Shallow judgments frequently take one of three forms. Either one knows all about Nietzsche: he was the man who said, or claimed, or believed this or that. Or one knows how to label Nietzsche as, say, an irrationalist metaphysician, or an evolutionist in ethics, or an existentialist. Worst of all, people who have never read a single one of his books from beginning to end “knew” at one time that he was the kind that had caused World War I, and a generation later that he was a Nazi philosopher. Regarding this last notion, suffice it here to say that all serious interpreters of Nietzsche, no matter how much they may disagree on other points, agree that this absurdity can be supported only by either rank ignorance of his works (common at one time in the English-speaking world) or an incredible lack of intellectual integrity (common to a few Nazi hacks). In fact, no other philosopher since Plato and Aristotle, with the exception of Kant and Hegel, has influenced so many widely different thinkers and writers so profoundly.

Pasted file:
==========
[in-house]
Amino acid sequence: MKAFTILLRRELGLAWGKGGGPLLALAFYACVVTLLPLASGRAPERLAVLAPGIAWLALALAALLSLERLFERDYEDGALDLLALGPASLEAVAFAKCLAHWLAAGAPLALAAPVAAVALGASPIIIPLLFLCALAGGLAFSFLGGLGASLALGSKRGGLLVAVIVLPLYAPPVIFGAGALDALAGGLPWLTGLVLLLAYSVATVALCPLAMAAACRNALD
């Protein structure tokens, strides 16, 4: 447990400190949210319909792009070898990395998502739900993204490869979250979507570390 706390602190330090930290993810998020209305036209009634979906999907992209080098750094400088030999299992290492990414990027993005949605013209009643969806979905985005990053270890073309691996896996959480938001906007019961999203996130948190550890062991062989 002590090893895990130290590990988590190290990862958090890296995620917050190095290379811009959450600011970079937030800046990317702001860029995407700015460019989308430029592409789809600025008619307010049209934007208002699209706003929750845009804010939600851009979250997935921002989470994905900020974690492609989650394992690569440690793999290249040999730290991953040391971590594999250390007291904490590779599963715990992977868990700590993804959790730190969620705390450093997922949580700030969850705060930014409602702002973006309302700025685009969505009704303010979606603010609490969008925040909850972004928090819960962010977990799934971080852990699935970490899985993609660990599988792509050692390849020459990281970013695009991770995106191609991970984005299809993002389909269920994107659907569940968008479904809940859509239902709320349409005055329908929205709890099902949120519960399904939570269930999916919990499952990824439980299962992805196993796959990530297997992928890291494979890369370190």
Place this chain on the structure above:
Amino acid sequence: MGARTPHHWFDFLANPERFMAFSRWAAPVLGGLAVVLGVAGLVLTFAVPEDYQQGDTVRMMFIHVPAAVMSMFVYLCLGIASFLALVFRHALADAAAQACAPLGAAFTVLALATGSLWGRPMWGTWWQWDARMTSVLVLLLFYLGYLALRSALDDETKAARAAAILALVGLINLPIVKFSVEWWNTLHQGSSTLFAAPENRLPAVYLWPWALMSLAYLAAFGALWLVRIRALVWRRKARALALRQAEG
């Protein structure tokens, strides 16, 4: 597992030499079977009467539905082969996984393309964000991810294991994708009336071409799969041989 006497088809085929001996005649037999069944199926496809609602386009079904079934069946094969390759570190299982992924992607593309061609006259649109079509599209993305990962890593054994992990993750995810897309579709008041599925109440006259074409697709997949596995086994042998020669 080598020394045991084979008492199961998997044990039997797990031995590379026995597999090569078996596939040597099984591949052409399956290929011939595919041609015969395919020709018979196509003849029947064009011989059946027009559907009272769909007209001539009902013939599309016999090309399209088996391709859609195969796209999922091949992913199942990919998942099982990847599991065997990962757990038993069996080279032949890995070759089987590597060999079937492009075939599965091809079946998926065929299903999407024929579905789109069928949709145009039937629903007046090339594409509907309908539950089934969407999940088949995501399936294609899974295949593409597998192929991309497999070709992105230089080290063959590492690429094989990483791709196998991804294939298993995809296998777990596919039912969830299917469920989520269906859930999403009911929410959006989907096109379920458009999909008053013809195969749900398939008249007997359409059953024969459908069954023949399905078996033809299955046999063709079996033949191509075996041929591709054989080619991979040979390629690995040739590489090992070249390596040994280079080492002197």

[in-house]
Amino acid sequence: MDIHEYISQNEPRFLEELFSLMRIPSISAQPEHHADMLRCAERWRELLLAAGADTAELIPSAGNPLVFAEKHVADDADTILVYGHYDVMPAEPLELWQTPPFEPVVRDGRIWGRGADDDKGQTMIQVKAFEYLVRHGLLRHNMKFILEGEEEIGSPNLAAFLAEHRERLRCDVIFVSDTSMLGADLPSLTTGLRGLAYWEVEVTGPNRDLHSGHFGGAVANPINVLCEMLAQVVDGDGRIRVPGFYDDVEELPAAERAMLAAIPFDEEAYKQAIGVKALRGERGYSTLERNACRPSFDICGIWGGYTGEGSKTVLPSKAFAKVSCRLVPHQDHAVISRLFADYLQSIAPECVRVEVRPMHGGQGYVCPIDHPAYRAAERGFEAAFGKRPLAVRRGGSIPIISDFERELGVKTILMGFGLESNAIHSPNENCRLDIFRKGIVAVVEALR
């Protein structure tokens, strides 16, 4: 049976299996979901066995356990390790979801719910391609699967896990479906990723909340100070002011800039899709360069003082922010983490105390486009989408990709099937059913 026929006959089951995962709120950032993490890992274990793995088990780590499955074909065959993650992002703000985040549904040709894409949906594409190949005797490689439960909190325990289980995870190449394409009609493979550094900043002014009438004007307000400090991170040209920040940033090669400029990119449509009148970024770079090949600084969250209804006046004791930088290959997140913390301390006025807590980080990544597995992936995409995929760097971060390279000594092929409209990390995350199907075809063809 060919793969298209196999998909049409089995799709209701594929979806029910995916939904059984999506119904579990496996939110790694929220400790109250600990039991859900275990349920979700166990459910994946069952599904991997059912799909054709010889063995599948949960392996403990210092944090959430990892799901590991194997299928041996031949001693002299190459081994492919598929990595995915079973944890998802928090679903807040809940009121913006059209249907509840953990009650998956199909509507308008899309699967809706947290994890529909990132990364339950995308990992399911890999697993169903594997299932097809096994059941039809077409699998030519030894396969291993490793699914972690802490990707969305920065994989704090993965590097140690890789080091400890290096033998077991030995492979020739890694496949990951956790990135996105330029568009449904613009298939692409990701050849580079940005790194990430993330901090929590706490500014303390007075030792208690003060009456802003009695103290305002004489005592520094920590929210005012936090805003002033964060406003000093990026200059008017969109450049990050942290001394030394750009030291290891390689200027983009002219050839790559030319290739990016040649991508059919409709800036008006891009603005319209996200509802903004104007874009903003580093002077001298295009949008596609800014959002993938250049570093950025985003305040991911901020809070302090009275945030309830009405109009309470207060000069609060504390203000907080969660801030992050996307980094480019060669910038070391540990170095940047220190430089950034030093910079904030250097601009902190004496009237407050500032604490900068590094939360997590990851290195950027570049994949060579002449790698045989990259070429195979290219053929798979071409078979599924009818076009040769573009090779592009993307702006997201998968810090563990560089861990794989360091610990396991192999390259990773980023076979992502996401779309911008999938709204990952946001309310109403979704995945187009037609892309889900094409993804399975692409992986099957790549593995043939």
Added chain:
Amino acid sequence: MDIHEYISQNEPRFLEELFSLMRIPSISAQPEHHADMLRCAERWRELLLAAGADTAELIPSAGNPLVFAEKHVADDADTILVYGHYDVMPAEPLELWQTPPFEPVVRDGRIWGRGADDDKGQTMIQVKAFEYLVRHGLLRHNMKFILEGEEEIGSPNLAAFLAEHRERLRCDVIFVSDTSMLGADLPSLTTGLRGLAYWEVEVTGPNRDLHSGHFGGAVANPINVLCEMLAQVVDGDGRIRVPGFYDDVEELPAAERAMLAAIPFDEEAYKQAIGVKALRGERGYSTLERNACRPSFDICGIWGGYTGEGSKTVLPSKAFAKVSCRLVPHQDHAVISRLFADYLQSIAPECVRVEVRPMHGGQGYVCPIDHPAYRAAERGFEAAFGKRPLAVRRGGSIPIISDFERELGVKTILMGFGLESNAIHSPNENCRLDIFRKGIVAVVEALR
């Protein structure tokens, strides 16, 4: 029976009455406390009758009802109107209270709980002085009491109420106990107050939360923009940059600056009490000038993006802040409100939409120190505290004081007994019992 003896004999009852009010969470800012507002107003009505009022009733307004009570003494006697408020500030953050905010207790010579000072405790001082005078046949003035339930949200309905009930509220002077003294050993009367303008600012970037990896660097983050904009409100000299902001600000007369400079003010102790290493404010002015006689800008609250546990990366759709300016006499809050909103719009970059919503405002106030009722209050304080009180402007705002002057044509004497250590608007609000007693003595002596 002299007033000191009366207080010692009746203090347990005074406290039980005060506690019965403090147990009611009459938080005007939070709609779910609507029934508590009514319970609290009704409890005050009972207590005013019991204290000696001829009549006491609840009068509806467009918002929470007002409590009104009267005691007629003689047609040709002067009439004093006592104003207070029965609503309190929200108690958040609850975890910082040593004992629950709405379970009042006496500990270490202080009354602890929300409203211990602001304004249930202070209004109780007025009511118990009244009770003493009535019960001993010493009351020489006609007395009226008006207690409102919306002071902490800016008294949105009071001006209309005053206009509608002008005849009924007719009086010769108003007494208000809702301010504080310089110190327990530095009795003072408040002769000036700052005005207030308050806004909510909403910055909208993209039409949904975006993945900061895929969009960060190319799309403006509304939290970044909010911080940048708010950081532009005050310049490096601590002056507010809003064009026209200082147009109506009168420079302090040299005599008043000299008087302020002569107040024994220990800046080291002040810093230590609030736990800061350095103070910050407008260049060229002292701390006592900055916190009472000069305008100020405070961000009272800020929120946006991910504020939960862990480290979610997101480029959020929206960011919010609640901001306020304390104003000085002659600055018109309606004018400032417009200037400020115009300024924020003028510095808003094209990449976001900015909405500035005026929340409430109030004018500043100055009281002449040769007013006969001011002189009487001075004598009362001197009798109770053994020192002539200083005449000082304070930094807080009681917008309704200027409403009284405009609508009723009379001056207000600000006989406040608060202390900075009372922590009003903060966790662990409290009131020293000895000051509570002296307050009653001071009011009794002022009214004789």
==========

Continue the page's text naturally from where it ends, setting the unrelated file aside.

Was Nietzsche a madman, or a martyr (as some would have it)? Or was he a man who did what philosophers are supposed to do: ask fundamental questions about our most closely held assumptions that leave us uneasy—and anxious? Is he guilty of heresy, or of simply positing “inconvenient” truths? If there is anything to be learned from Ratner-Rosenhagen’s thorough study of his influence on our lives, it is that interpreting the work of this very influential thinker is not something to be attempted unless we are seekers or truth rather than seekers of affirmation for those assumptions we cling to so tenaciously.
Copyright Isaac Morris January 21, 2012